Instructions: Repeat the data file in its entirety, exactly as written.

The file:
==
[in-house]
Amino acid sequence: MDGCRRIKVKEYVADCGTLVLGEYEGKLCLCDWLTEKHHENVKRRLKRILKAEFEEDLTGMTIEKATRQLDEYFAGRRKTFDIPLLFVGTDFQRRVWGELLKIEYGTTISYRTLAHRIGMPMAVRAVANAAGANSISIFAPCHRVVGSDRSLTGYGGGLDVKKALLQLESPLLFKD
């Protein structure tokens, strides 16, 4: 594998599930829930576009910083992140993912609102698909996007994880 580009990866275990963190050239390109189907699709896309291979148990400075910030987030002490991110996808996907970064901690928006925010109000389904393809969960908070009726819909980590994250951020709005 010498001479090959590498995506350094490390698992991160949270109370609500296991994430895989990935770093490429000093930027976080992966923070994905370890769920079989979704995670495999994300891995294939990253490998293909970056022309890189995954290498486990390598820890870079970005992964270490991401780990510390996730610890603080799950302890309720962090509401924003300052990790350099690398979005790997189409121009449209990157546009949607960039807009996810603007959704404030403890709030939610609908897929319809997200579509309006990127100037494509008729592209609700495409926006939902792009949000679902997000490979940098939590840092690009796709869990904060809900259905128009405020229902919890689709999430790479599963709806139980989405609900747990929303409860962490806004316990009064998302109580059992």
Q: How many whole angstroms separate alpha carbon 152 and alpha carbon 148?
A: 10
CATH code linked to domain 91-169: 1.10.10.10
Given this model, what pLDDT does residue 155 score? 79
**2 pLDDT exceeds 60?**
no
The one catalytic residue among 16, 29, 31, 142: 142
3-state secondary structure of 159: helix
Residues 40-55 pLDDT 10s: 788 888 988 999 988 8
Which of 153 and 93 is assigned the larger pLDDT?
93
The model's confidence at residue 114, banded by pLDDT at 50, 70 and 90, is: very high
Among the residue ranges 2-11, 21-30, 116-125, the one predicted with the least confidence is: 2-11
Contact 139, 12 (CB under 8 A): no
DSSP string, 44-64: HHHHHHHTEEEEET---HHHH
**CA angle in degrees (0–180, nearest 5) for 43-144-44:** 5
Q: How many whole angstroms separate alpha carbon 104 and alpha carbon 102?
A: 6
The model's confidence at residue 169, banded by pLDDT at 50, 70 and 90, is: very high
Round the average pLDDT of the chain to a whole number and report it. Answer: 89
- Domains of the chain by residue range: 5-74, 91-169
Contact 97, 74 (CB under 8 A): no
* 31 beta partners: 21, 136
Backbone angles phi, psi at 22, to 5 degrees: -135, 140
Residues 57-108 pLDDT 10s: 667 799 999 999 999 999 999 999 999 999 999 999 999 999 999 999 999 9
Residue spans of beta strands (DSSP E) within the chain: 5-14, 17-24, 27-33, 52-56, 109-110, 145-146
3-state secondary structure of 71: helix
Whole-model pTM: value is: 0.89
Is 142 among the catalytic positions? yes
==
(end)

[in-house]
Amino acid sequence: MDGCRRIKVKEYVADCGTLVLGEYEGKLCLCDWLTEKHHENVKRRLKRILKAEFEEDLTGMTIEKATRQLDEYFAGRRKTFDIPLLFVGTDFQRRVWGELLKIEYGTTISYRTLAHRIGMPMAVRAVANAAGANSISIFAPCHRVVGSDRSLTGYGGGLDVKKALLQLESPLLFKD
């Protein structure tokens, strides 16, 4: 594998599930829930576009910083992140993912609102698909996007994880 580009990866275990963190050239390109189907699709896309291979148990400075910030987030002490991110996808996907970064901690928006925010109000389904393809969960908070009726819909980590994250951020709005 010498001479090959590498995506350094490390698992991160949270109370609500296991994430895989990935770093490429000093930027976080992966923070994905370890769920079989979704995670495999994300891995294939990253490998293909970056022309890189995954290498486990390598820890870079970005992964270490991401780990510390996730610890603080799950302890309720962090509401924003300052990790350099690398979005790997189409121009449209990157546009949607960039807009996810603007959704404030403890709030939610609908897929319809997200579509309006990127100037494509008729592209609700495409926006939902792009949000679902997000490979940098939590840092690009796709869990904060809900259905128009405020229902919890689709999430790479599963709806139980989405609900747990929303409860962490806004316990009064998302109580059992």
Q: How many whole angstroms separate alpha carbon 152 and alpha carbon 148?
A: 10
CATH code linked to domain 91-169: 1.10.10.10
Given this model, what pLDDT does residue 155 score? 79
**2 pLDDT exceeds 60?**
no
The one catalytic residue among 16, 29, 31, 142: 142
3-state secondary structure of 159: helix
Residues 40-55 pLDDT 10s: 788 888 988 999 988 8
Which of 153 and 93 is assigned the larger pLDDT?
93
The model's confidence at residue 114, banded by pLDDT at 50, 70 and 90, is: very high
Among the residue ranges 2-11, 21-30, 116-125, the one predicted with the least confidence is: 2-11
Contact 139, 12 (CB under 8 A): no
DSSP string, 44-64: HHHHHHHTEEEEET---HHHH
**CA angle in degrees (0–180, nearest 5) for 43-144-44:** 5
Q: How many whole angstroms separate alpha carbon 104 and alpha carbon 102?
A: 6
The model's confidence at residue 169, banded by pLDDT at 50, 70 and 90, is: very high
Round the average pLDDT of the chain to a whole number and report it. Answer: 89
- Domains of the chain by residue range: 5-74, 91-169
Contact 97, 74 (CB under 8 A): no
* 31 beta partners: 21, 136
Backbone angles phi, psi at 22, to 5 degrees: -135, 140
Residues 57-108 pLDDT 10s: 667 799 999 999 999 999 999 999 999 999 999 999 999 999 999 999 999 9
Residue spans of beta strands (DSSP E) within the chain: 5-14, 17-24, 27-33, 52-56, 109-110, 145-146
3-state secondary structure of 71: helix
Whole-model pTM: value is: 0.89
Is 142 among the catalytic positions? yes